Books for the Birds

Not so much for the birds, I suppose, as about them.  These books aren’t just for bird-lovers.  Give them a chance even if you wouldn’t know a meadowlark from and oriole.  I think you’ll like what you find.

My first book is one for your primary readers.  Where’s the Party? By Katharine Crawford Robey follows a young girl as she imagines the birds are talking to her with their songs.  She explores the forest near her home until she finds a duck family with newly hatched ducklings.  The end notes, which give more information about each of the birds, round out this cute picture book with an educational twist to a unique story.  It will have kids listening for bird songs and thinking creatively about what they might be saying.

Wild Wings by Gill Lewis is a middle grades novel about a boy who discovers endangered birds on his family’s farm in Scotland.  He and his friend Iona watch the birds and their chicks through the summer, and they find a way to track the progress of the birds’ migration to Africa through the help of a naturalist and the computer.  Callum finds the world is much bigger than his small town as he learns about the countries along the path of the birds.  When the tracking program loses the bird’s signal, he doesn’t let that be the end of the story.  This story is full of hope, and it is sure to inspire young readers.  (Bonus for educators: Gill Lewis will be launching a website where kids can follow osprey migration like Callum did in the book.  This would make a great class activity!)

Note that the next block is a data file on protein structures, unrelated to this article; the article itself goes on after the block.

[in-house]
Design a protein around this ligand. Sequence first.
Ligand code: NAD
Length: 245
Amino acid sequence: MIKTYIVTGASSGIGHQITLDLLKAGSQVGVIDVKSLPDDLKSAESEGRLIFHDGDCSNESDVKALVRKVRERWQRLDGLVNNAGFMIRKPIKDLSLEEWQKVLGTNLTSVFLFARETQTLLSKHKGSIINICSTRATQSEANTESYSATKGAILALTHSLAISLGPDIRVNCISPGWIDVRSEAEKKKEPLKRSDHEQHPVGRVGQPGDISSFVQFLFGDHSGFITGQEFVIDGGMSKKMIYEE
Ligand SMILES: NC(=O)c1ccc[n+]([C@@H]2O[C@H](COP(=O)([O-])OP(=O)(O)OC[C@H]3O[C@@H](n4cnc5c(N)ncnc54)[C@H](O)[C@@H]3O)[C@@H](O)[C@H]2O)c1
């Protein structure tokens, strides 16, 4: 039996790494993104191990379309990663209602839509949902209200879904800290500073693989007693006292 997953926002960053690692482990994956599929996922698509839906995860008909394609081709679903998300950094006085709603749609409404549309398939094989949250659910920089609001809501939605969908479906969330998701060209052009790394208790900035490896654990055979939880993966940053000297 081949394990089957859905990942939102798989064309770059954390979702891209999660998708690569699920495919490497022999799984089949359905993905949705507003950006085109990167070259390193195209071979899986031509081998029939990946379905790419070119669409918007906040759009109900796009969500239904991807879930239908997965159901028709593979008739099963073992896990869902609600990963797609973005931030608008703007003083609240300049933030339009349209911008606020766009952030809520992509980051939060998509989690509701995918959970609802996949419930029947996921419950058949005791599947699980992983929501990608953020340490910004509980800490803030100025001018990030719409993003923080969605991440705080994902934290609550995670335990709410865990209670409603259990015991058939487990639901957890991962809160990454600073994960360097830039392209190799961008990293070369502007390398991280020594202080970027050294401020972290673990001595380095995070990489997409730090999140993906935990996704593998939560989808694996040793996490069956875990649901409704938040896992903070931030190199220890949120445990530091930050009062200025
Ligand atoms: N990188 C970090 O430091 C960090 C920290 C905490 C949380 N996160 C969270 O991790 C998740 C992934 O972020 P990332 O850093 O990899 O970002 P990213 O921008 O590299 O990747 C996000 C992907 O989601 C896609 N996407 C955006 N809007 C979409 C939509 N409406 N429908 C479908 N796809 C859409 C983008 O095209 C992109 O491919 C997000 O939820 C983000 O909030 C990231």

My bird-related pick for teens takes us to the Galapagos Islands.  Well, almost.  Girls Don’t Fly is actually about Myra, a very practical teen who decides (after getting dumped) that maybe she doesn’t want such a practical life after all.  Suddenly she’s quitting her job and competing (against her ex) for a scholarship to spend the summer studying birds in the Galapogos.  She didn’t know she had it in her, but the more she learns about birds, the more she realizes how much the birds she wants to study really suit her.  This realistic novel will appeal to middle and high school girls who like Sarah Dessen and Deb Caletti, or who just like a story about a girl learning to fly on her own.

Read these books now or save them for a National Bird Day (May 4th) display in your library.  Either way, you will want to share them with the right readers.

Bibliography:

Girls Don’t Fly by Kristen Chandler. October 2011.

Where’s the Party by Katharine Crawford Robey. 2011.

Wild Wings by Gill Lewis. 2011.

Blogger: Mindy R.